El Chapo’s Recapture: A Fictionalized Reality Show

By Núria Vilanova*

Chapo Kate Penn Film

Photo Credit: Abd allah Foteih, Fanpage.- & Sachyn Mital – (modified) / Flickr & Wikipedia / CC BY-SA 3.0

A recent interview granted by Mexican drug kingpin El Chapo and his subsequent re-arrest validate yet again the observation of Mexican writer Carlos Fuentes that no matter how hard fiction strives to emulate reality, reality always surpasses it.  Narco-lives and deeds have attracted myriad fiction writers, filmmakers, and musicians giving way to a successful narco-literature and narco-cinema that has fascinated the general public, journalists, and scholars alike.  A recent example is the popular Netflix series Narcos, based on one of the most notorious drug traffickers, Pablo Escobar.  Well known also are the corridos in Northern Mexico that sing the adventures and prowess of powerful drug lords (often in exchange for large payments).  The narco-corridos are today the epical portrayal of criminal lords whose lives straddle glory and vileness.

In the interstices between reality and fiction rest the publicity-mongering and recapture this month of Joaquín “El Chapo” Guzmán, the subject of an intense six-month manhunt following his escape last July from a high-security prison.  No film would have been sufficiently credible and convincing had it attempted to stage El Chapo’s flight, but the reality is that the most prominent narco-lord since Escobar was able to vanish through a highly sophisticated tunnel whose construction required great engineering expertise.  The final seconds of his stay in his cell before entering his path to freedom were recorded by a security camera.  Megalomania – his eagerness to have his life and deeds taken to the big screen – apparently led to his undoing.  He reached out through intermediaries to soap-opera and film actress Kate del Castillo, whose role as narcotress in the popular show La reina del sur apparently captivated his heart, to set up a meeting with Hollywood star Sean Penn to present his version of his reality to the world.  Playing the role of an adventurous and intrepid journalist, Penn produced a 10,000-word report-interview for Rolling Stone magazine.  Thus, the three main characters of this story – El Chapo, Kate del Castillo, and Sean Penn – traveled from reality to fiction and back in a fictional-yet-real encounter.  The three characters straddled between two dangerous dimensions in complicity – reality and fiction – unaware that their secret meeting would somehow provide the clue that enabled Mexican security to shut El Chapo down again.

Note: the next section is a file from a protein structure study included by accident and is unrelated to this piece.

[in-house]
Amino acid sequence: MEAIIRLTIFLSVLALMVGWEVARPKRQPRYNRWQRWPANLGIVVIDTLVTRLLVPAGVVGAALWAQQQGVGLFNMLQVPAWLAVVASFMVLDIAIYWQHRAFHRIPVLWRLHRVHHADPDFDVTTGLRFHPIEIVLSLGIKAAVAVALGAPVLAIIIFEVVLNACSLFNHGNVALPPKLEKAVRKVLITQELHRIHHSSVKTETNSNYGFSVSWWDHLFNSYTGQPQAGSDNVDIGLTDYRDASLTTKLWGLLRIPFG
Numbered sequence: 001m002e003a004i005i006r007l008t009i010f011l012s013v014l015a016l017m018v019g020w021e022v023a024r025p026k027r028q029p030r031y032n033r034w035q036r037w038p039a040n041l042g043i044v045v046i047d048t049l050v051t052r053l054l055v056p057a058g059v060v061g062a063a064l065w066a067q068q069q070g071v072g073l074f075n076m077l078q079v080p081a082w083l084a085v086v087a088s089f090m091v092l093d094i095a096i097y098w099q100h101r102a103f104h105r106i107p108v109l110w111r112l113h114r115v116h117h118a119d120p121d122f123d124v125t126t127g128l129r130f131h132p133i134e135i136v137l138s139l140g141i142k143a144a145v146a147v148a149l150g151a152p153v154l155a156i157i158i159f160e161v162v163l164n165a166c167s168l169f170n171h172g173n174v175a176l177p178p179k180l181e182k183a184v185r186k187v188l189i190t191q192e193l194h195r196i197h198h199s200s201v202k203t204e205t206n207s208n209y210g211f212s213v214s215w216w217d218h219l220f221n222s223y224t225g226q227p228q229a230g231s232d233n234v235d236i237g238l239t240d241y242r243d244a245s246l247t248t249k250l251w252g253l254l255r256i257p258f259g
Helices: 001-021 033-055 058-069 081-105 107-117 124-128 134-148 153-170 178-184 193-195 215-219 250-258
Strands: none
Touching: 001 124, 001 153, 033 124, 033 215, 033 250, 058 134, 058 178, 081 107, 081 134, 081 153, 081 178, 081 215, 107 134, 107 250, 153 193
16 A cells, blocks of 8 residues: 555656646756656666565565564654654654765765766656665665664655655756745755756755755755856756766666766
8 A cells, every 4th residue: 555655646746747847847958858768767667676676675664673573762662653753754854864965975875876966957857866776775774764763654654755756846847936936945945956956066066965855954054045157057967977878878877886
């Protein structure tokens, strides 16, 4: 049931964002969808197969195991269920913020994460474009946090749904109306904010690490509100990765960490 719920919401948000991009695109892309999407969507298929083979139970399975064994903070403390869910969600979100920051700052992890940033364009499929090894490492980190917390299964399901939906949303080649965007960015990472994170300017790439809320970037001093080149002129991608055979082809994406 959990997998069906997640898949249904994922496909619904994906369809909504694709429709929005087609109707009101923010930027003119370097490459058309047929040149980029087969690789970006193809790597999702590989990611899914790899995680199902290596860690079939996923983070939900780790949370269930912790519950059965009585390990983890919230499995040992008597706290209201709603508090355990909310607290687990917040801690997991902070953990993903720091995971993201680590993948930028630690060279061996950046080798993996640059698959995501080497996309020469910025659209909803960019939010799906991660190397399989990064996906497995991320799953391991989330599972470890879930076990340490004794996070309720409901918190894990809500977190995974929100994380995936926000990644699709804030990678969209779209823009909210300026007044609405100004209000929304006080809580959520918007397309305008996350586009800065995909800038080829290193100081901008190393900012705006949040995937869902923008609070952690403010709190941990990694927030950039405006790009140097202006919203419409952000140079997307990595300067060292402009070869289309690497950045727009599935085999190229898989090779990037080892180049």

The reality-fiction play brings a much higher toll than just El Chapo’s return to prison.  Dozens of the corrido singers who extol the narcos’ lifestyle have been kidnapped, tortured, and killed in Mexico since the late 1990s.  Mexico is also at the international forefront on the number of journalists assassinated since 2006, when former President Calderón launched a bloody (and failed) war on drugs.  While the Mexican actress has not made any substantial comments on her apparent role in El Chapo’s return to prison, Penn has blustered his innocence as a courageous journalist-star whose mission was to make his countrymen reflect and make a self-critique of the bloodthirsty, futile war on drugs.  We, the audience, would probably wish this reality show would have brought about a less trivial outcome, but the last episode is not yet written.